Investment terms

The world of investing has its own vocabulary. If you’re new to investing, here are some key definitions to help you get started. Would you like to know more about any of these terms? Have a word or two that you think should be on this list? Let us know!

Asset Allocation – the process of deciding the right mix of asset classes for your investments.  Appropriate asset allocation balances risk and how well you can tolerate it against your long– and short-term goals.  Experts say about 91% of your investment portfolio’s performance is determined by how the assets are allocated.

Asset class or type – the three most common asset classes are equities [stocks], fixed-income securities [bonds] and cash.  Others include commodities, real estate, etc.  The assets in a specific asset class all exhibit similar characteristics, work the same way, and are subject to the same regulation.

Bear market – a general decline in the market over time.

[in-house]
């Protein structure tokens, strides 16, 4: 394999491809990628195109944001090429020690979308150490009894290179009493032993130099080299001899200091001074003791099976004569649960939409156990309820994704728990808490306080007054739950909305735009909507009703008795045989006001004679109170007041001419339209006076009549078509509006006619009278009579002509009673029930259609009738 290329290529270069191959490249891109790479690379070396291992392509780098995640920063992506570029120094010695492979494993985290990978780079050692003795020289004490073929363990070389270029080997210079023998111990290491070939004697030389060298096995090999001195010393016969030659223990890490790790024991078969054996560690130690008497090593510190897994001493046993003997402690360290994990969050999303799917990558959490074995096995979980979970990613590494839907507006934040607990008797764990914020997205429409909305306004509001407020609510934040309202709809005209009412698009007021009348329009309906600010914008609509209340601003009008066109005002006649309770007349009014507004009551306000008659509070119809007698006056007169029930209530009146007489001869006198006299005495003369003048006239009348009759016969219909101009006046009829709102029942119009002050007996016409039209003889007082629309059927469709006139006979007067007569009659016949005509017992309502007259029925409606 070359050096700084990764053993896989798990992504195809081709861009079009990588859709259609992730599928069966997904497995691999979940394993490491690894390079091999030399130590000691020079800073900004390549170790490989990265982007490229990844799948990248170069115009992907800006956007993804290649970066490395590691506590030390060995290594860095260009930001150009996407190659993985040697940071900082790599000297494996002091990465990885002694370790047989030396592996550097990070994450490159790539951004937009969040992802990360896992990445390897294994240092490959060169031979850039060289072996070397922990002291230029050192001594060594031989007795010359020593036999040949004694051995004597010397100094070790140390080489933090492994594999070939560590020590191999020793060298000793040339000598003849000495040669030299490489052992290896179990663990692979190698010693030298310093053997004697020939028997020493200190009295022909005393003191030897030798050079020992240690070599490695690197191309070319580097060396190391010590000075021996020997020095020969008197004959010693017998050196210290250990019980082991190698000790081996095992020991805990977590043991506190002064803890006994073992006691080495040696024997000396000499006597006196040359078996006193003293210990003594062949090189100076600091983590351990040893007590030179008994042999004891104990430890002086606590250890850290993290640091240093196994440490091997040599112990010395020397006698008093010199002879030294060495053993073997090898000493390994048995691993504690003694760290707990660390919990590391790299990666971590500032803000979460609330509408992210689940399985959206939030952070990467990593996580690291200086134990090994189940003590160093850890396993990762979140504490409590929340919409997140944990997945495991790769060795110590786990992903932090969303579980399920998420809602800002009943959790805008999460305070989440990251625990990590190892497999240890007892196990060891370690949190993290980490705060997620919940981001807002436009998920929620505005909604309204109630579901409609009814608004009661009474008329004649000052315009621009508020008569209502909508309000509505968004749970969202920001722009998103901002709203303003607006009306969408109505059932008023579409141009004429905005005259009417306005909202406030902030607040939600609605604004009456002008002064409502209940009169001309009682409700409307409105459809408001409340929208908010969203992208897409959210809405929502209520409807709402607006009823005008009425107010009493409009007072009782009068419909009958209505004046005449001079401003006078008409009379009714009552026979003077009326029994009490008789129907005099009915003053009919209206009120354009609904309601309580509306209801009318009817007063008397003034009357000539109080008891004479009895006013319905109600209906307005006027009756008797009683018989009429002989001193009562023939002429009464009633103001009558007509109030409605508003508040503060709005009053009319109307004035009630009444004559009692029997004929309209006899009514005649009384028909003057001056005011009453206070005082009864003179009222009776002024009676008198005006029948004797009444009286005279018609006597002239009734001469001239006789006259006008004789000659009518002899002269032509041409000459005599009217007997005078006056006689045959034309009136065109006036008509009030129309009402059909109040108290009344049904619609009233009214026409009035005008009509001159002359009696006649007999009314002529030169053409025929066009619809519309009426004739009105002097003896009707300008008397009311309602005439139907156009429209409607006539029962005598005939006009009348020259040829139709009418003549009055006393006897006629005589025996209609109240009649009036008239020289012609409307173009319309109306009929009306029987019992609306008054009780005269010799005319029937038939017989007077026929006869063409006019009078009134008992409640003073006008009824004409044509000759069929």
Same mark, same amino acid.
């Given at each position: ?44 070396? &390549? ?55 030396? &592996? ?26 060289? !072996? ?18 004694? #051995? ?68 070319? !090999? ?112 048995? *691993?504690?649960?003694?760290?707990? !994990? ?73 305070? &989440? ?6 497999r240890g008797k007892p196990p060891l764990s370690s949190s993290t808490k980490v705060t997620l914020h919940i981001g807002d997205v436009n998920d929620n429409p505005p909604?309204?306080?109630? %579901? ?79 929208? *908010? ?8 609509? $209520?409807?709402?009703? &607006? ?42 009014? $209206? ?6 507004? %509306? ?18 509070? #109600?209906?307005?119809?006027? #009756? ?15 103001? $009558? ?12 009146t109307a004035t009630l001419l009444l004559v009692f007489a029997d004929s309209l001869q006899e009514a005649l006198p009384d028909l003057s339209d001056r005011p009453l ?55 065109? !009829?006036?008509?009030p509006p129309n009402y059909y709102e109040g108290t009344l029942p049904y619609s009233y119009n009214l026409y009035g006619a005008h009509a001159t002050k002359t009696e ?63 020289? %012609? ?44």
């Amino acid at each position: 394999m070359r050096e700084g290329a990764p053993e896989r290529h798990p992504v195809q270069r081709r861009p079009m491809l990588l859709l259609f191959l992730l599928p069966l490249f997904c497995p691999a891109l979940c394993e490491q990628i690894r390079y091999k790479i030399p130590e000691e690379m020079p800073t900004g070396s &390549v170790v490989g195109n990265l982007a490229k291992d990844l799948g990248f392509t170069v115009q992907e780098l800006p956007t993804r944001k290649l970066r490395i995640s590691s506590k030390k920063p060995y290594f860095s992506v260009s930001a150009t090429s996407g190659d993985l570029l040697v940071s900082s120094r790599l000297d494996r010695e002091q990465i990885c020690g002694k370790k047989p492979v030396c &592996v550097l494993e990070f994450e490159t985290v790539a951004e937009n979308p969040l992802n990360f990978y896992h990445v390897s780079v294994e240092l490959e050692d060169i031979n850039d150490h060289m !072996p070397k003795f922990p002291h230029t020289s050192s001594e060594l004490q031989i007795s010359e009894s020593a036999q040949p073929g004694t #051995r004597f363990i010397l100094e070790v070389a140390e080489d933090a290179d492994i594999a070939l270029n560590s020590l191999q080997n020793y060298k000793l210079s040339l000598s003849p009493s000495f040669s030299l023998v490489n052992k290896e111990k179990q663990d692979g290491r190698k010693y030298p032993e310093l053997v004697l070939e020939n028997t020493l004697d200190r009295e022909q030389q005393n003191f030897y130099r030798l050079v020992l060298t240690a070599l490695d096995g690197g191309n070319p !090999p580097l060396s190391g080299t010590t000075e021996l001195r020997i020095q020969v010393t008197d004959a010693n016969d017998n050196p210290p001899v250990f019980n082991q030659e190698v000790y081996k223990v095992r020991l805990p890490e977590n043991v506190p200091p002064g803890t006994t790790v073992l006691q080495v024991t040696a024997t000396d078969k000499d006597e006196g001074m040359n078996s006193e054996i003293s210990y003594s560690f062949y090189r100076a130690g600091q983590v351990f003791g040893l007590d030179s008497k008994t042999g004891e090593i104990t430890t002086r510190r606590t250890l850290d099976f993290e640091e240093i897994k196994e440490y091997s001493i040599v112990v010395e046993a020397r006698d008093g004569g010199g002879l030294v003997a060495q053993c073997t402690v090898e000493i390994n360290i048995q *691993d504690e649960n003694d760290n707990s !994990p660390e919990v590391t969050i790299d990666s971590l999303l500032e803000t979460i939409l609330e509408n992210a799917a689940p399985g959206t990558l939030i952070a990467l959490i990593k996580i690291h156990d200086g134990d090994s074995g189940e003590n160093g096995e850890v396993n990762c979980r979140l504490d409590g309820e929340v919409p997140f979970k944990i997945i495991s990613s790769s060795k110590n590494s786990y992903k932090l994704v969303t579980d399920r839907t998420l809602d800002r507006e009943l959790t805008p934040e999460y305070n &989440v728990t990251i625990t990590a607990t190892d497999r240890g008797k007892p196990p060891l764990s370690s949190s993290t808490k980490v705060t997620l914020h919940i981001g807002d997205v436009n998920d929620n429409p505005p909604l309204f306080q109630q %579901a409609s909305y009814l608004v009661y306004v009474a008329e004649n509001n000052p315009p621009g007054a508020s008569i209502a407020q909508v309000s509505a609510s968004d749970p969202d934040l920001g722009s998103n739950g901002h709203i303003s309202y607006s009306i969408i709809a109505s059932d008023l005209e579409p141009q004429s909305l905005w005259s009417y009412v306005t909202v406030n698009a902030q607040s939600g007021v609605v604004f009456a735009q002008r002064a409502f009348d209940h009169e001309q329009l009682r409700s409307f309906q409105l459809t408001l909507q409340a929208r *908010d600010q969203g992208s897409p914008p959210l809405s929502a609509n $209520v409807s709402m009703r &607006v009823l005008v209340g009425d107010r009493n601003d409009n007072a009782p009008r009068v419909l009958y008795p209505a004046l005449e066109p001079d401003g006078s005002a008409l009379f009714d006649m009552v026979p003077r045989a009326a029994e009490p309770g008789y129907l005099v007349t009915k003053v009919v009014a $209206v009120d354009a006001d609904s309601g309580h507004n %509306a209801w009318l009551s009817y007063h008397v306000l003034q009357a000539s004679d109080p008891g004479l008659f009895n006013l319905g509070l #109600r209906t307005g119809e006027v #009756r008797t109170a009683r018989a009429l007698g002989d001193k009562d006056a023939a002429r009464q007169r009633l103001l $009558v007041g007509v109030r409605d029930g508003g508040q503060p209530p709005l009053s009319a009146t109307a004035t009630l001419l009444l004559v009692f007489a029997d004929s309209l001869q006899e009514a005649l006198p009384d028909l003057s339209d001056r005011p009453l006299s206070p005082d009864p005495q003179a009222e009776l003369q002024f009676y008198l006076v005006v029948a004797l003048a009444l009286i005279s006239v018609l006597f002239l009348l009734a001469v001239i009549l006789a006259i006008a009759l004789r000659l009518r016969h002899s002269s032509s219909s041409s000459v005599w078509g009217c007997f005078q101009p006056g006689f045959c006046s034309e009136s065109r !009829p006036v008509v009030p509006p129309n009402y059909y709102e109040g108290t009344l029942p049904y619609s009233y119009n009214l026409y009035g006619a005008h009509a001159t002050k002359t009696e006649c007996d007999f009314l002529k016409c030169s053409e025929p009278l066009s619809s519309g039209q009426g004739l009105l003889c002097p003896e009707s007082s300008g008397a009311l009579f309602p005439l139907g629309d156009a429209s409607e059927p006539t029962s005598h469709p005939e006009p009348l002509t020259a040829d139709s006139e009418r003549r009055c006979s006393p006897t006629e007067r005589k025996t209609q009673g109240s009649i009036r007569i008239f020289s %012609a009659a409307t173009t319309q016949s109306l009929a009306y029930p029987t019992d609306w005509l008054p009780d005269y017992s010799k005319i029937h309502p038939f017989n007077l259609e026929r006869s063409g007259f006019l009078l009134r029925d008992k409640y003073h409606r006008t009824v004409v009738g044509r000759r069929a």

Bond – a “loan” you make to a company or government agency for a period of one year or longer.  Bonds raise capital for the issuer by borrowing money from investors and promising to pay back principal plus interest on a specific date called the maturity date.

Bull market – a general increase in the stock market over a period of time.

Diversification – deciding what assets to include from each asset class.  Just as you would not want to have your entire portfolio invested in stocks without other investments to balance the risk, neither would you want to have the stock portion of your portfolio invested in one single stock.  The more diversified your investments are, the less likely you can be hurt by poor performance of a single asset.

Index – a benchmark against which investment performance is measured, such as the S&P 500 stock index or the Dow Jones Industrial Index. Index funds are mutual funds whose investment selections consist of the stocks that make up a specific index.

Mutual Fund – a fund that invests money from a large number of individuals in a selection of various assets based on the stated objective of the fund e.g. growth, capital preservation, etc.  The advantage is that you achieve some diversification in your portfolio.

Stock – an ownership or equity position in a corporation.  Stock prices tend to fluctuate more sharply than other types of assets.  But stocks have consistently outperformed every other type of investment over the long term.

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